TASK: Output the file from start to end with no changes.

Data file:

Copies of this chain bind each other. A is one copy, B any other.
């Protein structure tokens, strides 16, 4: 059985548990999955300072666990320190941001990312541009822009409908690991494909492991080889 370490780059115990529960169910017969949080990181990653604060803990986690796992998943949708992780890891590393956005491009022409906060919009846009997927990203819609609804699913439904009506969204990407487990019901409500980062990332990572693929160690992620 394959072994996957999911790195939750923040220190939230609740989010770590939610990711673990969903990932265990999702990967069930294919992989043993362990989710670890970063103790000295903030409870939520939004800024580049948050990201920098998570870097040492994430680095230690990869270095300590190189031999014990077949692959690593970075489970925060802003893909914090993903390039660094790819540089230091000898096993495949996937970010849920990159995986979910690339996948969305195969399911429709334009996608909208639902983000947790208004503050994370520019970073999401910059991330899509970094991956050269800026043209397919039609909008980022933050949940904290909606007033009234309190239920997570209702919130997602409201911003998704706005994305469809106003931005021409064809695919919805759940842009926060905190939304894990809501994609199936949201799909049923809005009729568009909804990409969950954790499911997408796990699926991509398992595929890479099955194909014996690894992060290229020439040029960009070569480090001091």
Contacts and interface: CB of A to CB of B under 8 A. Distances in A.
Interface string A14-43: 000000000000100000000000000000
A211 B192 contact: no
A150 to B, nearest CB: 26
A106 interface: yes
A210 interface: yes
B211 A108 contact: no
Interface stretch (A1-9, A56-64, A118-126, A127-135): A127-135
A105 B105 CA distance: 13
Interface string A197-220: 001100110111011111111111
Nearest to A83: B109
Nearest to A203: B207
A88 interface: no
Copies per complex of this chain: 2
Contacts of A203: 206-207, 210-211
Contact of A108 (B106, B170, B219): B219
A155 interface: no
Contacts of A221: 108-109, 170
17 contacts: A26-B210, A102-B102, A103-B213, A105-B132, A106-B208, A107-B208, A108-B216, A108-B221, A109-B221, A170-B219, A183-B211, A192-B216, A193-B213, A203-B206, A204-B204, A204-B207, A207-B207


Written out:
Copies of this chain bind each other. A is one copy, B any other.
């Protein structure tokens, strides 16, 4: 059985548990999955300072666990320190941001990312541009822009409908690991494909492991080889 370490780059115990529960169910017969949080990181990653604060803990986690796992998943949708992780890891590393956005491009022409906060919009846009997927990203819609609804699913439904009506969204990407487990019901409500980062990332990572693929160690992620 394959072994996957999911790195939750923040220190939230609740989010770590939610990711673990969903990932265990999702990967069930294919992989043993362990989710670890970063103790000295903030409870939520939004800024580049948050990201920098998570870097040492994430680095230690990869270095300590190189031999014990077949692959690593970075489970925060802003893909914090993903390039660094790819540089230091000898096993495949996937970010849920990159995986979910690339996948969305195969399911429709334009996608909208639902983000947790208004503050994370520019970073999401910059991330899509970094991956050269800026043209397919039609909008980022933050949940904290909606007033009234309190239920997570209702919130997602409201911003998704706005994305469809106003931005021409064809695919919805759940842009926060905190939304894990809501994609199936949201799909049923809005009729568009909804990409969950954790499911997408796990699926991509398992595929890479099955194909014996690894992060290229020439040029960009070569480090001091």
Contacts and interface: CB of A to CB of B under 8 A. Distances in A.
Interface string A14-43: 000000000000100000000000000000
A211 B192 contact: no
A150 to B, nearest CB: 26
A106 interface: yes
A210 interface: yes
B211 A108 contact: no
Interface stretch (A1-9, A56-64, A118-126, A127-135): A127-135
A105 B105 CA distance: 13
Interface string A197-220: 001100110111011111111111
Nearest to A83: B109
Nearest to A203: B207
A88 interface: no
Copies per complex of this chain: 2
Contacts of A203: 206-207, 210-211
Contact of A108 (B106, B170, B219): B219
A155 interface: no
Contacts of A221: 108-109, 170
17 contacts: A26-B210, A102-B102, A103-B213, A105-B132, A106-B208, A107-B208, A108-B216, A108-B221, A109-B221, A170-B219, A183-B211, A192-B216, A193-B213, A203-B206, A204-B204, A204-B207, A207-B207